"In 1991, the I'm on tour around the world, and I had time to think things through. It was such a philosophical rock, one can say that spending a year on the way. I wrote not right, I just thought some thoughts. When I got home, I got a job and was so busy that there was not time. It got here first to last, when I was on maternity leave and went home for half a year. So I have written on it for two years, "says Bartram.

"It was quite clear to meaningless life for me. I felt even then such football that I could stop tomorrow if it was. It was not that I said 'it here, it's me'. I was considering a transition to go to the USA and read to the chiropractor, but I came from, and then I slowly rolled in the circus. Then came the first contract, and then I went to the national team - one with the other. I was caught. "

- It was not on purpose that you came from the national team?

"Haha ... No, it was not actually. I was a very atypical footballer - both physically and mentally. But maybe it was actually also my strength and the reason why I even came. For I had had the towering expectations, and if there had been pressure from parents and friends, so it may well be that I had been killed in it. But there was not anyone who expected anything, "he says.

When Jan Bartram talk about the monotonous and self-centered sports, he sets many words. One senses that he has turned the ten years some times.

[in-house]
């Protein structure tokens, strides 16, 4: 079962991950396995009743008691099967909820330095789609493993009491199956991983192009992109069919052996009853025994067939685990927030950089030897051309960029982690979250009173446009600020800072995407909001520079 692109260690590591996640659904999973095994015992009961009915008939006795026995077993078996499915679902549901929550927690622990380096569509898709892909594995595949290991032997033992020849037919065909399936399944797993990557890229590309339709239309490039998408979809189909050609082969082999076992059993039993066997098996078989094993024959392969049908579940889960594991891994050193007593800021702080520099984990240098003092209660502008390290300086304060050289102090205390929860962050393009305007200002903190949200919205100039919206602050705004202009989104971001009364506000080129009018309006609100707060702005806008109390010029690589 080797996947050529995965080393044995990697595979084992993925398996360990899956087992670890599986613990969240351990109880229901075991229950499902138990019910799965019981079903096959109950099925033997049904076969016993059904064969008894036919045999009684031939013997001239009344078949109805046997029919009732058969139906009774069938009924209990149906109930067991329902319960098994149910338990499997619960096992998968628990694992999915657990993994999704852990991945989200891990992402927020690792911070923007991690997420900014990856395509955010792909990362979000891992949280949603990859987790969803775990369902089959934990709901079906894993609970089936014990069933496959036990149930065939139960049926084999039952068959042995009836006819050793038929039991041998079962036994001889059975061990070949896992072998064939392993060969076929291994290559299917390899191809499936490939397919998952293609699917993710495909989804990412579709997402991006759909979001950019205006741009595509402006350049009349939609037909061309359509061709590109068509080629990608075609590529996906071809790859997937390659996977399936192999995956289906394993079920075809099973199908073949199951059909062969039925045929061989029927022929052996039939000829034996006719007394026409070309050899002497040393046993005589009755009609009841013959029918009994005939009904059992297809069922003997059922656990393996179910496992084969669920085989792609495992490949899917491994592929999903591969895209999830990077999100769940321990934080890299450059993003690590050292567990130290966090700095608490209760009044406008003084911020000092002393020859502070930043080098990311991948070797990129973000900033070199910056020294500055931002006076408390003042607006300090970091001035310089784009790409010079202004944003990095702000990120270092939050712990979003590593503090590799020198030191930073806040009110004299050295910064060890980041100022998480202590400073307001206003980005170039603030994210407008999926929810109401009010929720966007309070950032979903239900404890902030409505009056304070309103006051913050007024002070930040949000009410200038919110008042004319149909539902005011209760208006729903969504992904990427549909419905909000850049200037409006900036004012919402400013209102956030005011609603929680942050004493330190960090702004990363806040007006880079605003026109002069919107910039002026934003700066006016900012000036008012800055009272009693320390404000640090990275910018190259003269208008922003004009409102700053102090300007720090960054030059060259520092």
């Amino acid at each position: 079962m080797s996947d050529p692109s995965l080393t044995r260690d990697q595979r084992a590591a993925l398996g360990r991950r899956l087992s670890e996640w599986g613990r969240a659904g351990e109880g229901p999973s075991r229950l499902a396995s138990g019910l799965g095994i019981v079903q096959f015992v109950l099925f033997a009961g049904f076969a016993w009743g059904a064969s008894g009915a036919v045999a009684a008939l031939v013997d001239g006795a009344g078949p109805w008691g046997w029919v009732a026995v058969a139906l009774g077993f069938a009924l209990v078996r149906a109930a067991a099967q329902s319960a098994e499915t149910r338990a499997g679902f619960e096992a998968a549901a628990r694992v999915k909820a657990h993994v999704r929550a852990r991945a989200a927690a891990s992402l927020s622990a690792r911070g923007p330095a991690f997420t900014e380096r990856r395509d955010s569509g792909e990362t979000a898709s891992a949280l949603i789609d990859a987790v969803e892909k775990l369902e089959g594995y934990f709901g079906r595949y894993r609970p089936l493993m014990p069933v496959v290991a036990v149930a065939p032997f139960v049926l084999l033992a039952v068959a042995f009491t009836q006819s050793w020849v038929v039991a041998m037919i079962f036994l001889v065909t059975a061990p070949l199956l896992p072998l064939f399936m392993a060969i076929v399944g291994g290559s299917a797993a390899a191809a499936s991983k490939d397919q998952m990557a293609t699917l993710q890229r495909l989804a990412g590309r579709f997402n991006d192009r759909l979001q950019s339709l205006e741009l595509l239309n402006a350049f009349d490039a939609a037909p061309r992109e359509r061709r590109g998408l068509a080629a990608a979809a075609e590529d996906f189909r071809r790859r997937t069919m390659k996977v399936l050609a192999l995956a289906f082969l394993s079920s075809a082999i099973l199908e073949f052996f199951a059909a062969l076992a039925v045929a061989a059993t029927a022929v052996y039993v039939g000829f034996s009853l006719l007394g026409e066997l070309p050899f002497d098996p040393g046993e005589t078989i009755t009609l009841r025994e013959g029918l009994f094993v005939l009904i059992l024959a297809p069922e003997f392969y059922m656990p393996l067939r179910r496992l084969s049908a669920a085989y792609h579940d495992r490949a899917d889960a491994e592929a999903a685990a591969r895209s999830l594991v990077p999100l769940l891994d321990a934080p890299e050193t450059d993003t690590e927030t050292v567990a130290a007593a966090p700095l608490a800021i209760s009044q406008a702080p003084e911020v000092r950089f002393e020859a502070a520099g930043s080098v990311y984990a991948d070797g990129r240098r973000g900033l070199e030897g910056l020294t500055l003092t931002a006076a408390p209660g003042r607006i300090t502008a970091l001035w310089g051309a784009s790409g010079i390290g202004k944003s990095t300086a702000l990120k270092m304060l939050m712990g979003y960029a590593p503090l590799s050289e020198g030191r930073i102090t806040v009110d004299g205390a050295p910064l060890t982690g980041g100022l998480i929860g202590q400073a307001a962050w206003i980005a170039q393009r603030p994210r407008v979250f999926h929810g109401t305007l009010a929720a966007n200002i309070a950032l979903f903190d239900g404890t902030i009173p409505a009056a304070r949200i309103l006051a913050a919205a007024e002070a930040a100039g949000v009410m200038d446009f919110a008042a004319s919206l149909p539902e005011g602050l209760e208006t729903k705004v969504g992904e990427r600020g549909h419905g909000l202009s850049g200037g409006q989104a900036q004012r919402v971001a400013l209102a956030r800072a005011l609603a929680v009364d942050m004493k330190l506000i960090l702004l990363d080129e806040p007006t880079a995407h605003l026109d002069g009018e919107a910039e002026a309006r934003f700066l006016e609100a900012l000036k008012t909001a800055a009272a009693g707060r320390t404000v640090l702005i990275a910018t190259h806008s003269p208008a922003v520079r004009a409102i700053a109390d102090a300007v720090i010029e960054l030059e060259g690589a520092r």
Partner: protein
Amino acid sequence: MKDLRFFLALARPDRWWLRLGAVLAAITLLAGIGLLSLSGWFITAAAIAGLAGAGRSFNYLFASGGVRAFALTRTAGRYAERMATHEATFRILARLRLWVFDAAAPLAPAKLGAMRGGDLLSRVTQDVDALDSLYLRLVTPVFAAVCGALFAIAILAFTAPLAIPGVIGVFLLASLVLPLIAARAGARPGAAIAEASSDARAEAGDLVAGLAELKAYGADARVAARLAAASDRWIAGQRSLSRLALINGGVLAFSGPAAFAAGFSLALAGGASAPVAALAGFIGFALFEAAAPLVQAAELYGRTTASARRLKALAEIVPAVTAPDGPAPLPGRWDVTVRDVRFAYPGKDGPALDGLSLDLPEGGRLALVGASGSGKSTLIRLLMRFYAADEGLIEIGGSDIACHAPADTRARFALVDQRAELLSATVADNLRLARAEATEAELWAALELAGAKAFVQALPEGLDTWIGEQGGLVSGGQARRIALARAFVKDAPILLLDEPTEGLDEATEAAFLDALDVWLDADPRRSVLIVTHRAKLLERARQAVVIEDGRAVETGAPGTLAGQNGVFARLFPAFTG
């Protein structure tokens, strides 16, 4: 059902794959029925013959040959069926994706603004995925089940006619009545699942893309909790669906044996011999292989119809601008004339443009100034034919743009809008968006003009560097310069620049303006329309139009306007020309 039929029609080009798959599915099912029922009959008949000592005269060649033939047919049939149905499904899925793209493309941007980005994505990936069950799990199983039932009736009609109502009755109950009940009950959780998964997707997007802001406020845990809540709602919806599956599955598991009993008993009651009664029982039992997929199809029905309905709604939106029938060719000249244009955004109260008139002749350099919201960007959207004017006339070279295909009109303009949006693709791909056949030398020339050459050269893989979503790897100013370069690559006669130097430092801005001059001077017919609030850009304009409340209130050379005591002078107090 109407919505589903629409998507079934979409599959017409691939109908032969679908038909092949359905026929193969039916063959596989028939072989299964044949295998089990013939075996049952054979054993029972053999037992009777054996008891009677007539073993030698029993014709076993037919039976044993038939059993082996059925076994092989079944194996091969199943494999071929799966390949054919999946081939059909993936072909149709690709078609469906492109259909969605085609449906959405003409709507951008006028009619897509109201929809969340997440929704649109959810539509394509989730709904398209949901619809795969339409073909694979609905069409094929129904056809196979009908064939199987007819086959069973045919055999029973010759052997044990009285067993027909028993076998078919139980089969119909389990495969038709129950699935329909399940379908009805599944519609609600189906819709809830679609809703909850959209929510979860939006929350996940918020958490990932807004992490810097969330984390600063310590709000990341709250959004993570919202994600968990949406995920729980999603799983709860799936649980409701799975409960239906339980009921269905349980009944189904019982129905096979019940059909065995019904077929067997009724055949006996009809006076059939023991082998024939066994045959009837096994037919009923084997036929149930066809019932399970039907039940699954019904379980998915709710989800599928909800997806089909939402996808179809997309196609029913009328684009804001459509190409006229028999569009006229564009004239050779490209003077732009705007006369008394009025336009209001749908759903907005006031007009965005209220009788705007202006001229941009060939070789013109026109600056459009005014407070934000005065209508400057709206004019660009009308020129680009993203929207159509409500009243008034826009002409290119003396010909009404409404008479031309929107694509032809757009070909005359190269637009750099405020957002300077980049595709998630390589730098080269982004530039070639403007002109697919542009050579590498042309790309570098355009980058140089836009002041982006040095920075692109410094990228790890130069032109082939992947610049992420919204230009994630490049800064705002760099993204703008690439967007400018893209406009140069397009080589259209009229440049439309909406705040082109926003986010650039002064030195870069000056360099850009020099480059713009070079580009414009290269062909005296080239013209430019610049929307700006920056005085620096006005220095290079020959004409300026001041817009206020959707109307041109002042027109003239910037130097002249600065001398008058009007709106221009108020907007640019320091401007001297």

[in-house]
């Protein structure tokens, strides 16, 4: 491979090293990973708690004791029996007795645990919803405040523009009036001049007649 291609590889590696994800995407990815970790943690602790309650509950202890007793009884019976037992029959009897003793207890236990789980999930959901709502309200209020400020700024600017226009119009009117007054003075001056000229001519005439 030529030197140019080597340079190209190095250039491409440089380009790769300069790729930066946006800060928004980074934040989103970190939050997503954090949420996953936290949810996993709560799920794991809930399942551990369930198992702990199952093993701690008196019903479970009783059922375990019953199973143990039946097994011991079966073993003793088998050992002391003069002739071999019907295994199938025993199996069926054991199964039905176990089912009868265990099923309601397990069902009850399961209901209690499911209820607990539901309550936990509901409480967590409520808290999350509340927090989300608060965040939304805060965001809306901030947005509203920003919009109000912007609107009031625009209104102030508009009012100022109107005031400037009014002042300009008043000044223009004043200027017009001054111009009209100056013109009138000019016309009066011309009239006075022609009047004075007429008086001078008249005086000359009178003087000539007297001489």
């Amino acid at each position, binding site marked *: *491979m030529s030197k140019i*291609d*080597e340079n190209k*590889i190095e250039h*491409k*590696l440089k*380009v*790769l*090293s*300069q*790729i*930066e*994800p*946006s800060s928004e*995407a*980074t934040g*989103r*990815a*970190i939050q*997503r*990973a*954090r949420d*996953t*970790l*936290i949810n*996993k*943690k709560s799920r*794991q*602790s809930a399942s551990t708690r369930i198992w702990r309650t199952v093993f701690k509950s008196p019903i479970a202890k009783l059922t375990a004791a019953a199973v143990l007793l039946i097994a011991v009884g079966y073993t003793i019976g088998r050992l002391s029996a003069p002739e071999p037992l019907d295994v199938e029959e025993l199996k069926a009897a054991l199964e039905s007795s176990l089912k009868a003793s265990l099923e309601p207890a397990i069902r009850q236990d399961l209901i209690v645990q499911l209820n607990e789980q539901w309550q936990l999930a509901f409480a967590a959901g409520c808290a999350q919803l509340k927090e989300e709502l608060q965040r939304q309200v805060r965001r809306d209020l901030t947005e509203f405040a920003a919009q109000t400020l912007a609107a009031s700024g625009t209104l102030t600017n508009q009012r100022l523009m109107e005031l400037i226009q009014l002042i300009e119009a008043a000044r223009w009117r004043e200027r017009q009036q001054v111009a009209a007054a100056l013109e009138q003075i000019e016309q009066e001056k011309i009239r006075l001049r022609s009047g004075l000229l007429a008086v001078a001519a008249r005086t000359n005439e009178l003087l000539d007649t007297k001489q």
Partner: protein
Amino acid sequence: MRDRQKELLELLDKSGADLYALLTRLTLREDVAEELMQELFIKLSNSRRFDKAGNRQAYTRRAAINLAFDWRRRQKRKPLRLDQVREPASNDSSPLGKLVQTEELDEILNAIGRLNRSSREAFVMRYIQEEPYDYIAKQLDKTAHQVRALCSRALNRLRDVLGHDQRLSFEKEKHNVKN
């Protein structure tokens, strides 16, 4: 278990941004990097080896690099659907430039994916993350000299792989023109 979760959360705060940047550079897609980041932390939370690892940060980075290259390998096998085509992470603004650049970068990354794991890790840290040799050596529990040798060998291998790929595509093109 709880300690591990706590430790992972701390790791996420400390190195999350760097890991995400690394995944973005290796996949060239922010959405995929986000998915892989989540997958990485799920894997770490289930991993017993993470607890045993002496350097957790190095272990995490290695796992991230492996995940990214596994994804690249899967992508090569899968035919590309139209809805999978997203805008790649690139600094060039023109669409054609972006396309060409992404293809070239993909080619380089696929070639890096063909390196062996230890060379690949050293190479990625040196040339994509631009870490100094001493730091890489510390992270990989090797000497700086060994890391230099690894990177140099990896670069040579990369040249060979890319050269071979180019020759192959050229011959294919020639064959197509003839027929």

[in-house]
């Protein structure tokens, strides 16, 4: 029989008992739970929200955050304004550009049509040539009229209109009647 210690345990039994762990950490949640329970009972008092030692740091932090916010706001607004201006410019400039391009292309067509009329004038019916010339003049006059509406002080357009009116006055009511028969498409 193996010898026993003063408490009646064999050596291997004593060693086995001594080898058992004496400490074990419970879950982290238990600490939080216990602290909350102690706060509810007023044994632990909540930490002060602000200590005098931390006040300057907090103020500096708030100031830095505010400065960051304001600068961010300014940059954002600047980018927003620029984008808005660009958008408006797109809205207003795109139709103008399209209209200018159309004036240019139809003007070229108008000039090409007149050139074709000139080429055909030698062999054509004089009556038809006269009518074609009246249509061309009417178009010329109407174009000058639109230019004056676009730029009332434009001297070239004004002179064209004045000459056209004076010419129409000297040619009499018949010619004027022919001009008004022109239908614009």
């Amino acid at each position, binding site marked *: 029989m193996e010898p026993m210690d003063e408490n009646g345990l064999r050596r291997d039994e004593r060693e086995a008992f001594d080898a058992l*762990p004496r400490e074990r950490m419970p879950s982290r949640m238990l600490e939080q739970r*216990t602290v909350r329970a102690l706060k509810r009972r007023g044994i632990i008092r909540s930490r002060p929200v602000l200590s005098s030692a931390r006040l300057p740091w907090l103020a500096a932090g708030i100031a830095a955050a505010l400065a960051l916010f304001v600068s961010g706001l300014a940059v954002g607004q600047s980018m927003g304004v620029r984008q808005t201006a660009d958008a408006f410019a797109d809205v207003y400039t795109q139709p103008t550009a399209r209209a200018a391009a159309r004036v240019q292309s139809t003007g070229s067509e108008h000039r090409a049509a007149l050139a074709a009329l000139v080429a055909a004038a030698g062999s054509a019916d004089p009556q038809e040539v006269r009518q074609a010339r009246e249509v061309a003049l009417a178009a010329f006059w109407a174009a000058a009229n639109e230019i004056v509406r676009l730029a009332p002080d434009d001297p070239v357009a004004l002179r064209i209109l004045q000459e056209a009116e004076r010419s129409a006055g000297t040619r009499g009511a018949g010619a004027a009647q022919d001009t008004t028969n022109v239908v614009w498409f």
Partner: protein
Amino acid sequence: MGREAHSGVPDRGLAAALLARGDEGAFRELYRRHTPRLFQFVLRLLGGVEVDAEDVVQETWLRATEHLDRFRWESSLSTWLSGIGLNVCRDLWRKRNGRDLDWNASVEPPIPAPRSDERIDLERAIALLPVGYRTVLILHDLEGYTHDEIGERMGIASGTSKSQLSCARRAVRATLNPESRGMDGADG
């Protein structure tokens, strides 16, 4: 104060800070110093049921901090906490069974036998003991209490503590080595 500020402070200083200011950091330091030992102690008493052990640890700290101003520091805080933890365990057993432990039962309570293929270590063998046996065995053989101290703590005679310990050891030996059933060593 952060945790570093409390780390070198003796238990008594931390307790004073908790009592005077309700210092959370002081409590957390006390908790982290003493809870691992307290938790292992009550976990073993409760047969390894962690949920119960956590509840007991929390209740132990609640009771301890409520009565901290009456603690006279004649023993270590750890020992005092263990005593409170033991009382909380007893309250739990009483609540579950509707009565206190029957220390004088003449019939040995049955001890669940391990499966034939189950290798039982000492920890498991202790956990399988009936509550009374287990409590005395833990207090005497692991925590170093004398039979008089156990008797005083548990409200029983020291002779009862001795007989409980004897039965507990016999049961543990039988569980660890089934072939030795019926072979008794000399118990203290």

"As a professional you will be enclosed in a bell jar. It's about football, football, football for 15 years. The first thing they (football players) turns up on the the newspaper's sports section, as the skimmer. 'Is there anything about my club?' Boom! 'Is there anything in my name?' Boom !, "he says and act newspaper reader with the index finger. He has talked himself warm.

"And they are 10-15 years of intensive reading about himself makes greatness madness is lurking just around the corner. You think you are God's gift to this earth, and it's damn hard to get out of the back. "

Today the money in football much larger. The very young, talented footballers when not in the same way as in the 80s to get through a learning process before they have become millionaires on a long-term contract with a major club. It is thumping unhealthy to come so quickly to the dish, says Jan Bartram.

"There is a distortion of the personality. I think that some of the worst thing you can give young people is money. I think damn, that one should start learn humility towards life's challenges, and it does not, if you come quickly to money. One's ego grows out of proportion. "